Fiftieth anniversary of my aunt's brutal murder

Not every crime writer has personal experience of murder in their family but this year is the fiftieth anniversary of the unsolved murder of my great aunt, Martha Giles. And it is one mystery that it appears I will never be able to solve.

Over the last year, I have been piecing together the evidence of the Martha Giles murder which hit the headlines in the national newspapers in 1959 but I’ve finally hit a brick wall after being denied access to certain ‘closed’ files in the National Archives. In the fifty years since Martha’s death the case has never been re-opened, despite requests from the family, and no one has been brought to justice for her murder.

Martha Giles was the mother of five children, the youngest of whom was only five at the time of her death. She was a nurse at New Cross Hospital, Wolverhampton. On the evening of 11 February 1959 she left her home to go on night duty but she never showed up for work. No one questioned why, or where she was. Her body was discovered the next morning on the bowling green within the hospital grounds. She had been battered with a rock and the post mortem later revealed that her death was caused by ‘internal haemorrhage due to stab wounds in the heart, also pneumo-thorax due to stab wounds in the lung.’ (Alfred Gordon Marshall – Registered Medical Practitioner and Consultant Pathologist.)

New Scotland Yard were called in to investigate her death with Detective Superintendent Ernest Millen leading the case. He later went on to become Deputy Assistant Commissioner at Scotland Yard and was Head of the Flying Squad at the time of the Great Train Robbery in 1963.

The investigation caused a considerable media frenzy both locally and nationally, and subsequently a doctor at New Cross Hospital was charged with her murder and was sent to trial at Staffordshire Assizes before Justice Elwes on 13,14,15,16th July 1959 where a Not Guilty verdict was brought in and he was discharged. No other person was sought in connection with the killing.

Through the National Archives I gained access to the witness statements, pathologist’s statement and harrowing photographs, and I have the press cuttings from the time, but I could see that there were many gaps in this case. Finally after several telephone calls to the Metropolitan Police and the Staffordshire Crown Court I managed to discover that there existed ‘closed’ files in the National Archives, which included the trial notes and the police case notes. I duly applied to see these under the Freedom of Information Act.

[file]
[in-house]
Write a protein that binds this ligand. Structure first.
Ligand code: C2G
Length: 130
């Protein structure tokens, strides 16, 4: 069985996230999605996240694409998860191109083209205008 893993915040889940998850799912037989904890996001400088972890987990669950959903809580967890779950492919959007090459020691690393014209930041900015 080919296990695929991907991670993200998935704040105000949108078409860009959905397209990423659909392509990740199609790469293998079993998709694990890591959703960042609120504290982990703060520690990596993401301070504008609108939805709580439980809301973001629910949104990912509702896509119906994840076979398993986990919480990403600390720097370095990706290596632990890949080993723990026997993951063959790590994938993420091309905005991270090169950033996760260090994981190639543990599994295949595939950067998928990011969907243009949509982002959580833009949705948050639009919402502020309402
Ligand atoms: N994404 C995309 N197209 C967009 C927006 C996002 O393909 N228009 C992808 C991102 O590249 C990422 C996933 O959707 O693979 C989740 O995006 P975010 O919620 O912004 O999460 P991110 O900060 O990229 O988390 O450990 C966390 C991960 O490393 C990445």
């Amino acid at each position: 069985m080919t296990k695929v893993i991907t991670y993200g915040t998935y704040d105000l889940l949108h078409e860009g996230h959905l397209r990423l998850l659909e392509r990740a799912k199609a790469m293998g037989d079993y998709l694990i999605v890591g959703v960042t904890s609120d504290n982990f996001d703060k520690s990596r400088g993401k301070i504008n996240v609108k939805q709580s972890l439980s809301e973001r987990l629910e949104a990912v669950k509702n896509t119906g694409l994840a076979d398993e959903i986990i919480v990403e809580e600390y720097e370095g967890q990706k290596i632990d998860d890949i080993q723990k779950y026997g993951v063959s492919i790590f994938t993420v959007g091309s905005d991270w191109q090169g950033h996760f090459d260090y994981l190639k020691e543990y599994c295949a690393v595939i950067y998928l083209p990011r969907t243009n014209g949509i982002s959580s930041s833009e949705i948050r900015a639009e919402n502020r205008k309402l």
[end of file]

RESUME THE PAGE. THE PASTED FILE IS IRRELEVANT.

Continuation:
At the same time I contacted the National Association of Retired Police Officers, asking for any information from former police officers who might remember the case. NARPO put an announcement on their national web site and the Staffordshire branch of NARPO also advertised for information. The Wolverhampton press picked up the story and wrote an article on it. As a result several people contacted me including a police officer and a journalist who were at the murder scene at the time, and I have some fascinating anecdotal material from them about the case.

Shortly before Christmas, after several delays, I was finally told by the National Archives that I could not have access to the ‘closed’ files and that it was unlikely I, or anyone else, would see them until the year 2030 at the earliest. One of the reasons they gave for refusing access is the ‘possibility, however remote, that this case could be opened for re-investigation at some point in the future,’ and ‘It is not in the public interest to jeopardise a prosecution for murder by releasing information that could be of later significance.’

It seems wrong to me that the police have never re-examined this case in the light of new forensic techniques. I am used to dealing with fictional murders, researching and constructing complex plots for my novels and it has been strange looking into the murder of a relative. And whilst my novels can have satisfactory endings this real life case it seems cannot. Sadly I have no indication from the police that they are ever likely to re-open the case so here is one mystery I am unable to solve. And without all the facts it seems I cannot even tell Martha’s story.


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